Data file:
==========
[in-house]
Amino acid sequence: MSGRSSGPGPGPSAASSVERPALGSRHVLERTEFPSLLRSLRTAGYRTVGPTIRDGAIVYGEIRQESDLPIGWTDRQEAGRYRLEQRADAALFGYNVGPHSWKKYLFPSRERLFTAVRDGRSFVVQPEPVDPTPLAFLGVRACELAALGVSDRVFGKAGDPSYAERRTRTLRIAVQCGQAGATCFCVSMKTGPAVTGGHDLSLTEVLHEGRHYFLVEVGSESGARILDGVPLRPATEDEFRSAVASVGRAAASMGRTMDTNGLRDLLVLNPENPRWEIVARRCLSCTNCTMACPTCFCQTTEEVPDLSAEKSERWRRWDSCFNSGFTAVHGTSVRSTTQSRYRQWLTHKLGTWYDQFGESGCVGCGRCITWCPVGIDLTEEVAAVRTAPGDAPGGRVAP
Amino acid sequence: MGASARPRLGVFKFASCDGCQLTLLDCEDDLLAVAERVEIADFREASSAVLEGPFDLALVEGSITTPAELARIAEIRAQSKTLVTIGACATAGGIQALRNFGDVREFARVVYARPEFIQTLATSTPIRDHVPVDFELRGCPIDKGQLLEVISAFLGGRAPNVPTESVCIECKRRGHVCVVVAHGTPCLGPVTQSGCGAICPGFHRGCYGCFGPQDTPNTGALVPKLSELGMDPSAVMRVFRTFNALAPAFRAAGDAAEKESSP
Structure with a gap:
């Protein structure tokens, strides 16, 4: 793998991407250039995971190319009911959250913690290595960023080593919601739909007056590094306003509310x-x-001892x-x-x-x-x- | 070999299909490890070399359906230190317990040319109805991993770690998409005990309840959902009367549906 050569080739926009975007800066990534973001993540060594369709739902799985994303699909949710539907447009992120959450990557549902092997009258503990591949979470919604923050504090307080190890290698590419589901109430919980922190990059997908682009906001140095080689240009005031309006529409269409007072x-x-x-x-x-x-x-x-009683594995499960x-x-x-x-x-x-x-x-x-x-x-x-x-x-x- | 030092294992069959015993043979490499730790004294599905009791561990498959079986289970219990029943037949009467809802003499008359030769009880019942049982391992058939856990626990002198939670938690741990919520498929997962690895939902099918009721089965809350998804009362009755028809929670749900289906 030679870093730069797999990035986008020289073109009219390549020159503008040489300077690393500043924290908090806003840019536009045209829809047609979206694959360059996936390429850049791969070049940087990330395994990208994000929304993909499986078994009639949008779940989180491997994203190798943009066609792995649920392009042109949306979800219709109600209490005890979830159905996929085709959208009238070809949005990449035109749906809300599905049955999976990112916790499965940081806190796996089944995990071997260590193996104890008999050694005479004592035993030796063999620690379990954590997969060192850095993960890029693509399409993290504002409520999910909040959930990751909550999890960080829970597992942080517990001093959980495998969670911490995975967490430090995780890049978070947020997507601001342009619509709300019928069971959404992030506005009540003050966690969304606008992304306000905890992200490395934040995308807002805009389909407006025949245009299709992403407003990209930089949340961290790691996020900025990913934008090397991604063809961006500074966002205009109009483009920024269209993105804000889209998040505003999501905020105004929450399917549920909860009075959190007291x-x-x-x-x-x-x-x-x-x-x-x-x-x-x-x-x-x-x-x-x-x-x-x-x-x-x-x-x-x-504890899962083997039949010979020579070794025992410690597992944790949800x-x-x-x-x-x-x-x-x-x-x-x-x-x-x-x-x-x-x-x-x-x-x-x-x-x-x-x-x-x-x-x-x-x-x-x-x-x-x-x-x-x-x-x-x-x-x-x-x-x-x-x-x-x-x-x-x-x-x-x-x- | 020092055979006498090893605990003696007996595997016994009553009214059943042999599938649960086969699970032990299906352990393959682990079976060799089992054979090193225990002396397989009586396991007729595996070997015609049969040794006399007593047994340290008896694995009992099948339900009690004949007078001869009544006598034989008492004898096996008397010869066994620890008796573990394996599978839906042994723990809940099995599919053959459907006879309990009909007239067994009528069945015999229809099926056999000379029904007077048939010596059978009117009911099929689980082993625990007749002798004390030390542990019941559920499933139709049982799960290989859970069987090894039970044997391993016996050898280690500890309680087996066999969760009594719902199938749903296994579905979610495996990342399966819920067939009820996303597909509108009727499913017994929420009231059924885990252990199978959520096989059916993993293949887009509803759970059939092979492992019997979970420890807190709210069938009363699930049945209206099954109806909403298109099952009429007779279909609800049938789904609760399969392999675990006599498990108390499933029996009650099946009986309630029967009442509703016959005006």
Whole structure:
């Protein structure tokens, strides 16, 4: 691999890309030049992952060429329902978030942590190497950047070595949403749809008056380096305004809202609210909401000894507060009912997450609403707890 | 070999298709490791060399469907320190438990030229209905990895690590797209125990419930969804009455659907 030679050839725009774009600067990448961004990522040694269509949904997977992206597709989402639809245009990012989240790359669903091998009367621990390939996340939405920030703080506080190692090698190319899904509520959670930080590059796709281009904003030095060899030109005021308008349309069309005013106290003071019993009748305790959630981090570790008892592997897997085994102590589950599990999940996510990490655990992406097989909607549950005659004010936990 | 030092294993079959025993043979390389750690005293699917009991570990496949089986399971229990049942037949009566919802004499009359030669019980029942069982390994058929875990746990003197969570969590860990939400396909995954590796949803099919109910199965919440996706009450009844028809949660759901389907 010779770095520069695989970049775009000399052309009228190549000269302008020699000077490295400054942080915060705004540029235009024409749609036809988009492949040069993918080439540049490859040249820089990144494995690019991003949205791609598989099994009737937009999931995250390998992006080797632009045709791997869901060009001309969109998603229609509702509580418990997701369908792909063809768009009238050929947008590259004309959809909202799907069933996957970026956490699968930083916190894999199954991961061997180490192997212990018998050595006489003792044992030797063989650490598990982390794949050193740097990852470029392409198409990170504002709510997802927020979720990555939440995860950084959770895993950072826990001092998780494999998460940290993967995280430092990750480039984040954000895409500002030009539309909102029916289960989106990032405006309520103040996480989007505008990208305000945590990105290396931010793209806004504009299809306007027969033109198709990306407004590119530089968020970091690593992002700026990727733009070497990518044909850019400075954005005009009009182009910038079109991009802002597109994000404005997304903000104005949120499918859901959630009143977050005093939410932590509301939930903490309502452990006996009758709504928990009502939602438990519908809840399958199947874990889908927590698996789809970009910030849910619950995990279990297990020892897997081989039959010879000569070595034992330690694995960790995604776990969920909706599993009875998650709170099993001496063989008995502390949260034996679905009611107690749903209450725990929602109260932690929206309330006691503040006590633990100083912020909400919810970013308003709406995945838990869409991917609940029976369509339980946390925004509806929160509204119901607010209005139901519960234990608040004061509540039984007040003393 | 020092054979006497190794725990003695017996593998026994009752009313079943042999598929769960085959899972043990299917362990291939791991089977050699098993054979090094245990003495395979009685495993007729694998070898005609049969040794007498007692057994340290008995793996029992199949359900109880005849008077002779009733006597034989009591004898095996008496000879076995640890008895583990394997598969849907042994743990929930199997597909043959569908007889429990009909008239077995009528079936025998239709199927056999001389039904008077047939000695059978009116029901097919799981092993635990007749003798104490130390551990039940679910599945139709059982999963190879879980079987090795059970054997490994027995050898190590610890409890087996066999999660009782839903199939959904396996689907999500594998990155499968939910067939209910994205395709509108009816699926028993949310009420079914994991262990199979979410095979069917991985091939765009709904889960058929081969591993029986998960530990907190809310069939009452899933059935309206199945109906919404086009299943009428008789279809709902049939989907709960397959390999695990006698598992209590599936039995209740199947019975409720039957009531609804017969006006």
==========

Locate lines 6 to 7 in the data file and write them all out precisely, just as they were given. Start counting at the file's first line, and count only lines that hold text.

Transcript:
Whole structure:
């Protein structure tokens, strides 16, 4: 691999890309030049992952060429329902978030942590190497950047070595949403749809008056380096305004809202609210909401000894507060009912997450609403707890 | 070999298709490791060399469907320190438990030229209905990895690590797209125990419930969804009455659907 030679050839725009774009600067990448961004990522040694269509949904997977992206597709989402639809245009990012989240790359669903091998009367621990390939996340939405920030703080506080190692090698190319899904509520959670930080590059796709281009904003030095060899030109005021308008349309069309005013106290003071019993009748305790959630981090570790008892592997897997085994102590589950599990999940996510990490655990992406097989909607549950005659004010936990 | 030092294993079959025993043979390389750690005293699917009991570990496949089986399971229990049942037949009566919802004499009359030669019980029942069982390994058929875990746990003197969570969590860990939400396909995954590796949803099919109910199965919440996706009450009844028809949660759901389907 010779770095520069695989970049775009000399052309009228190549000269302008020699000077490295400054942080915060705004540029235009024409749609036809988009492949040069993918080439540049490859040249820089990144494995690019991003949205791609598989099994009737937009999931995250390998992006080797632009045709791997869901060009001309969109998603229609509702509580418990997701369908792909063809768009009238050929947008590259004309959809909202799907069933996957970026956490699968930083916190894999199954991961061997180490192997212990018998050595006489003792044992030797063989650490598990982390794949050193740097990852470029392409198409990170504002709510997802927020979720990555939440995860950084959770895993950072826990001092998780494999998460940290993967995280430092990750480039984040954000895409500002030009539309909102029916289960989106990032405006309520103040996480989007505008990208305000945590990105290396931010793209806004504009299809306007027969033109198709990306407004590119530089968020970091690593992002700026990727733009070497990518044909850019400075954005005009009009182009910038079109991009802002597109994000404005997304903000104005949120499918859901959630009143977050005093939410932590509301939930903490309502452990006996009758709504928990009502939602438990519908809840399958199947874990889908927590698996789809970009910030849910619950995990279990297990020892897997081989039959010879000569070595034992330690694995960790995604776990969920909706599993009875998650709170099993001496063989008995502390949260034996679905009611107690749903209450725990929602109260932690929206309330006691503040006590633990100083912020909400919810970013308003709406995945838990869409991917609940029976369509339980946390925004509806929160509204119901607010209005139901519960234990608040004061509540039984007040003393 | 020092054979006497190794725990003695017996593998026994009752009313079943042999598929769960085959899972043990299917362990291939791991089977050699098993054979090094245990003495395979009685495993007729694998070898005609049969040794007498007692057994340290008995793996029992199949359900109880005849008077002779009733006597034989009591004898095996008496000879076995640890008895583990394997598969849907042994743990929930199997597909043959569908007889429990009909008239077995009528079936025998239709199927056999001389039904008077047939000695059978009116029901097919799981092993635990007749003798104490130390551990039940679910599945139709059982999963190879879980079987090795059970054997490994027995050898190590610890409890087996066999999660009782839903199939959904396996689907999500594998990155499968939910067939209910994205395709509108009816699926028993949310009420079914994991262990199979979410095979069917991985091939765009709904889960058929081969591993029986998960530990907190809310069939009452899933059935309206199945109906919404086009299943009428008789279809709902049939989907709960397959390999695990006698598992209590599936039995209740199947019975409720039957009531609804017969006006």